Al Qaeda urges captive American to press US on release, complains of US 'inaction'

Warren Weinstein was abducted in August 2011, four days before his seven-year stint as a business development expert with international aid agency USAID was to end. He turned 73 in July.

By , Associated Press

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    Elaine Weinstein (l.) wife of American aid worker Warren Weinstein who was kidnapped in Pakistan, is joined by their daughter Jennifer Coakley (r.) during an interview with The Associated Press at the family home in Rockville, Md., Friday, Aug. 8, 2014. In the three years since Weinstein was kidnapped by militants in Pakistan, his family has been in a strange, sad limbo. Elaine Weinstein says that she still believes she'll see her husband alive. She says that hope is what keeps her getting out of bed.
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Al-Qaida urged the family of an American aid worker it abducted in Pakistan three years ago to demand that the U.S. government negotiate a prisoner exchange for his release.

Warren Weinstein was abducted in August 2011, four days before his seven-year stint as a business development expert with international aid agency USAID was to end. He turned 73 in July.

In a message released in English and Arabic and addressed to Weinstein's family, al-Qaida said it is "not interested in keeping" Weinstein but wants to exchange him for prisoners in U.S. custody.

Recommended: How much do you know about terrorism? Take the quiz.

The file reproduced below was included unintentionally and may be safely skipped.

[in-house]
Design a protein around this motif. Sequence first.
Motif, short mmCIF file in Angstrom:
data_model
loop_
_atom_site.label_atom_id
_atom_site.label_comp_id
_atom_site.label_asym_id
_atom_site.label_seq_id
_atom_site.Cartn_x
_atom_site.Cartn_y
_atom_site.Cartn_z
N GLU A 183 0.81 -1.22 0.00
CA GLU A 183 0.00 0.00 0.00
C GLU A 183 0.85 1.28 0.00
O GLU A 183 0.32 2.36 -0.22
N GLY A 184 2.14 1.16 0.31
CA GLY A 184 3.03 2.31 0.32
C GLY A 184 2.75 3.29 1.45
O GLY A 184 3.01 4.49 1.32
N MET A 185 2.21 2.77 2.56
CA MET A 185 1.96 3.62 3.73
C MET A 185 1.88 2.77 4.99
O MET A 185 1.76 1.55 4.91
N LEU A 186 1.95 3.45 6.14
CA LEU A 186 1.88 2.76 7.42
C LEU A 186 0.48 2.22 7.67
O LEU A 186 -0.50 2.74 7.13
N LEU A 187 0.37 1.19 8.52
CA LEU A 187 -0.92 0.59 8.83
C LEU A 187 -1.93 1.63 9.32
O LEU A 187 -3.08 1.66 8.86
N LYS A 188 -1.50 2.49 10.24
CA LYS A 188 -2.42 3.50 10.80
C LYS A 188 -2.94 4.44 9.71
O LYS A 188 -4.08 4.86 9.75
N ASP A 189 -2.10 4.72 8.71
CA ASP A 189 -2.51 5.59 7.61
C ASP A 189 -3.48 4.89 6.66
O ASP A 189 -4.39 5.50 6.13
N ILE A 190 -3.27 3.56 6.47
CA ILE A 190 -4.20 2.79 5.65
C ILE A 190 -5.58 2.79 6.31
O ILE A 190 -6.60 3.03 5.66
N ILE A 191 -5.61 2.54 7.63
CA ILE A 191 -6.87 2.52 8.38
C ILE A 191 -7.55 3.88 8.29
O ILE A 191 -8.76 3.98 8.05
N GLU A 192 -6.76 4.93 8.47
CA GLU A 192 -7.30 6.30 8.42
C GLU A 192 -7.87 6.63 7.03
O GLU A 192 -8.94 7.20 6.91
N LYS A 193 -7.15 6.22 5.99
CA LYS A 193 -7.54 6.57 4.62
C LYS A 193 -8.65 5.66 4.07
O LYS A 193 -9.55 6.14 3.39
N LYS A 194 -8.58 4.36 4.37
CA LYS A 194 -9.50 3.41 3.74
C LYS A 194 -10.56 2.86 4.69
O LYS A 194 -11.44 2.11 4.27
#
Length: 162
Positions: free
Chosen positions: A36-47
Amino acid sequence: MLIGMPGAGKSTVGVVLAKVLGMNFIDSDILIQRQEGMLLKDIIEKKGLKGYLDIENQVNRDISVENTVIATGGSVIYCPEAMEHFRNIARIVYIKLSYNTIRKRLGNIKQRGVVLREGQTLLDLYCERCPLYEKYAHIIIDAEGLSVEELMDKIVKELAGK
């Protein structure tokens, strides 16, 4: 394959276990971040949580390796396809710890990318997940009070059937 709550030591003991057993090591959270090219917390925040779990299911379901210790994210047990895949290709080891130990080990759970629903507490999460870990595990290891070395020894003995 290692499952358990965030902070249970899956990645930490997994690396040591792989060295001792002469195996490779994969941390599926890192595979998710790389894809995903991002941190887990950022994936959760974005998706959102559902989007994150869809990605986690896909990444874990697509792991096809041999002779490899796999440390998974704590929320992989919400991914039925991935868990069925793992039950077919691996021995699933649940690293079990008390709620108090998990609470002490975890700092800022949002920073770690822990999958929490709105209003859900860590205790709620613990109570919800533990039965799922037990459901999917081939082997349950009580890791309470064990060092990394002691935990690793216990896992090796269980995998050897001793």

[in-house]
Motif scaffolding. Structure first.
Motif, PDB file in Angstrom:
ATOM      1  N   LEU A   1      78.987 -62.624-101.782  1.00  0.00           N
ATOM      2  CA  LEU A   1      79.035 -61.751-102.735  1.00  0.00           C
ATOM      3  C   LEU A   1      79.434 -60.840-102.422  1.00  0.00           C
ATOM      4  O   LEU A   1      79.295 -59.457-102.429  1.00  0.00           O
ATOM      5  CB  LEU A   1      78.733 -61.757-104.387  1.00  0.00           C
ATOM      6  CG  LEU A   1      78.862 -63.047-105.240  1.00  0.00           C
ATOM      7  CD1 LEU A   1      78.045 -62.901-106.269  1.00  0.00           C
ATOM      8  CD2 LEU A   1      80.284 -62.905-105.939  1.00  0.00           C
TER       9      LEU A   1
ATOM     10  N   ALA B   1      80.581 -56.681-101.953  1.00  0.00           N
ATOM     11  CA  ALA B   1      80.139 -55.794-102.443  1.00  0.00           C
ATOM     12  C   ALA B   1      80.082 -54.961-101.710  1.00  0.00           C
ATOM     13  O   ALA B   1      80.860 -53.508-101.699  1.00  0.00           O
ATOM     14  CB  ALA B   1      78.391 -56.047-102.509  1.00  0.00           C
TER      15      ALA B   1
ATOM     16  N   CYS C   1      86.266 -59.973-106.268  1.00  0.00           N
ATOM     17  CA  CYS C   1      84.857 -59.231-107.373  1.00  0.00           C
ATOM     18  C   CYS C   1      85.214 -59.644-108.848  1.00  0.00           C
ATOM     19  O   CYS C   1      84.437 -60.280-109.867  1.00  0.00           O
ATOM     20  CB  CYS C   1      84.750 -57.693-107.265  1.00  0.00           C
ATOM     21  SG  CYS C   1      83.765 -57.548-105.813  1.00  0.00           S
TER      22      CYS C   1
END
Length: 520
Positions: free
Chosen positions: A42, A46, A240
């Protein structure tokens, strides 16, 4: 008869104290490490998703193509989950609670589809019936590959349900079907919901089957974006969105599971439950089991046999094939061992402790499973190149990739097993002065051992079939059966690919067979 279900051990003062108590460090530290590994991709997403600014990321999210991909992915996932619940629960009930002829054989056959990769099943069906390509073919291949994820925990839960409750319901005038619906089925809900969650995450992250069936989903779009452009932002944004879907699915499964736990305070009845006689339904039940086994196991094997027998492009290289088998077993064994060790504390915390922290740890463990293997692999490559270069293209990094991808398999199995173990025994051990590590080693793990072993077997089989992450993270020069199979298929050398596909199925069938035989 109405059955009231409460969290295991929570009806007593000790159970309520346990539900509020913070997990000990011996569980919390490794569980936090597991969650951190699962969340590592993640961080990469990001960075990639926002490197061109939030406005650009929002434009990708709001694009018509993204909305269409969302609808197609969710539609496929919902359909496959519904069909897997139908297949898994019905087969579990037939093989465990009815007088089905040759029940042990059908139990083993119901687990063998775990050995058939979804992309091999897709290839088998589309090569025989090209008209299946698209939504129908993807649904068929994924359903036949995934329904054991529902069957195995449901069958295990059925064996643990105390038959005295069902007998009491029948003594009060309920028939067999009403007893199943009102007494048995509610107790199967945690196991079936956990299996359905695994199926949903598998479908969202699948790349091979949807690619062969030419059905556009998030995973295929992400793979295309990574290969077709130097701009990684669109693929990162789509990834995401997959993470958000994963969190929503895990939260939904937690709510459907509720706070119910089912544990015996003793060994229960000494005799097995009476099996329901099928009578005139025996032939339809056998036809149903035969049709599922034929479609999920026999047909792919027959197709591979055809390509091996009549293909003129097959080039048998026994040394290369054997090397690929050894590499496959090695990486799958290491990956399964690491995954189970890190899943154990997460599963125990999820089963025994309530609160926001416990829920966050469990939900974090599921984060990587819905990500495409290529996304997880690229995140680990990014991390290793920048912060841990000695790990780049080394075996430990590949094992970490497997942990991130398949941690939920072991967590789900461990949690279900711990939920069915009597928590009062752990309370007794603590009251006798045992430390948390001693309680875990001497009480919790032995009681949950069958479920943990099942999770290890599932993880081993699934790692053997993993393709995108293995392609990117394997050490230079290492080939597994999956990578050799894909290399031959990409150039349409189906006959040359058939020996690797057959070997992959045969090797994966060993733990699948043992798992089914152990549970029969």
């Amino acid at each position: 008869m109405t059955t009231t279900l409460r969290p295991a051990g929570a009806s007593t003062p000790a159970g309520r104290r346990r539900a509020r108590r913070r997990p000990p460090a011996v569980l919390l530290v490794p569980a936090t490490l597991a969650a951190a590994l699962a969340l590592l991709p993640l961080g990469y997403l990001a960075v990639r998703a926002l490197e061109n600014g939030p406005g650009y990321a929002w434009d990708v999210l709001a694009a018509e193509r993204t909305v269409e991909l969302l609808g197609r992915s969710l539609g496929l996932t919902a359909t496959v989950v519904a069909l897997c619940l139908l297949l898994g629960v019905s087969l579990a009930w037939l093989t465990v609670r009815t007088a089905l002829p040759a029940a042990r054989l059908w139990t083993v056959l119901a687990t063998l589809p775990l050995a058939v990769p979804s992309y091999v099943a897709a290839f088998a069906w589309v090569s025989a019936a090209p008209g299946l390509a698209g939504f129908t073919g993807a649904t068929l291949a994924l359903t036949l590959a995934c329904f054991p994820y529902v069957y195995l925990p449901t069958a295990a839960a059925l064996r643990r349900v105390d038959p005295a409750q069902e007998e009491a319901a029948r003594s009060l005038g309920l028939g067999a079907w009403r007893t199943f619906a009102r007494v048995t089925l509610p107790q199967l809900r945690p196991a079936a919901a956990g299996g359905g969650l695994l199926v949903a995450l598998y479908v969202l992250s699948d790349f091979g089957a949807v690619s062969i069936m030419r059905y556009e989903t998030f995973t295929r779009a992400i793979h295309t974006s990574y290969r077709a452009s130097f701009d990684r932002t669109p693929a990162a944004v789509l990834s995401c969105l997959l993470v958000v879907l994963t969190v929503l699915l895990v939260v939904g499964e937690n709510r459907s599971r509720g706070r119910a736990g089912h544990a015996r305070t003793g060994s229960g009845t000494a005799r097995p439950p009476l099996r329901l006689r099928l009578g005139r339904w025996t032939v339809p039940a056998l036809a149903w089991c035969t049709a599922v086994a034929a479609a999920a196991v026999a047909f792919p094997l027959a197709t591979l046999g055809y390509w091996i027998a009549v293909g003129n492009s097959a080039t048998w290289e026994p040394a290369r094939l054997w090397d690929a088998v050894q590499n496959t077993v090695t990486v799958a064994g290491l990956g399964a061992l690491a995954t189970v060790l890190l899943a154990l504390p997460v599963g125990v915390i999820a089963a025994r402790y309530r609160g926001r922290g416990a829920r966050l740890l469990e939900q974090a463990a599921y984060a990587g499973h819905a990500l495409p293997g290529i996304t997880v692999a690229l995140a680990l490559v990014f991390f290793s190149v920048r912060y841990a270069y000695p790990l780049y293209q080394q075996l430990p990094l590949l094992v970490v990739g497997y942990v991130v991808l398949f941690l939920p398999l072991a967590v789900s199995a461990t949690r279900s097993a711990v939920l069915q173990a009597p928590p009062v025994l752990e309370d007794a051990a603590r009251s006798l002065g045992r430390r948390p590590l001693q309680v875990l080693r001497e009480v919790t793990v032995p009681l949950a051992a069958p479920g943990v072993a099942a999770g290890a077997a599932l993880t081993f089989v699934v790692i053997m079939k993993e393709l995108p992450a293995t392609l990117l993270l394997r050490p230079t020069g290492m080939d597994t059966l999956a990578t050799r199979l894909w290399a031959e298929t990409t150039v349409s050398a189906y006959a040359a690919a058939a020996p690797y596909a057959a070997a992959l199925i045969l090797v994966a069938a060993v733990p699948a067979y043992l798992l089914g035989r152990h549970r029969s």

"We are not interested in retaining the prisoner in our protection. We are only seeking to exchange him in return for the fulfilment of our demands" it said. "We will not spare any efforts for the release of our prisoners."

It criticized the U.S. government over alleged "inaction," saying it had not contacted al-Qaida to negotiate for Weinstein's release.

The authenticity of the message, which was dated August 2014, could not be independently confirmed, but it was posted Thursday on a website commonly used by militants.

The White House has called for Weinstein's immediate release but has said it won't negotiate with al-Qaida.

Weinstein appeared in a video sent in late December to reporters in Pakistan, appealing to President Barack Obama to negotiate his release. It was the first video to show Weinstein since September 2012. There was no indication of when it was made, but an accompanying, handwritten note was dated Oct. 3.

Weinstein's family said at the time that the video and the note did not convince them that he was alive and expressed concern about his health.

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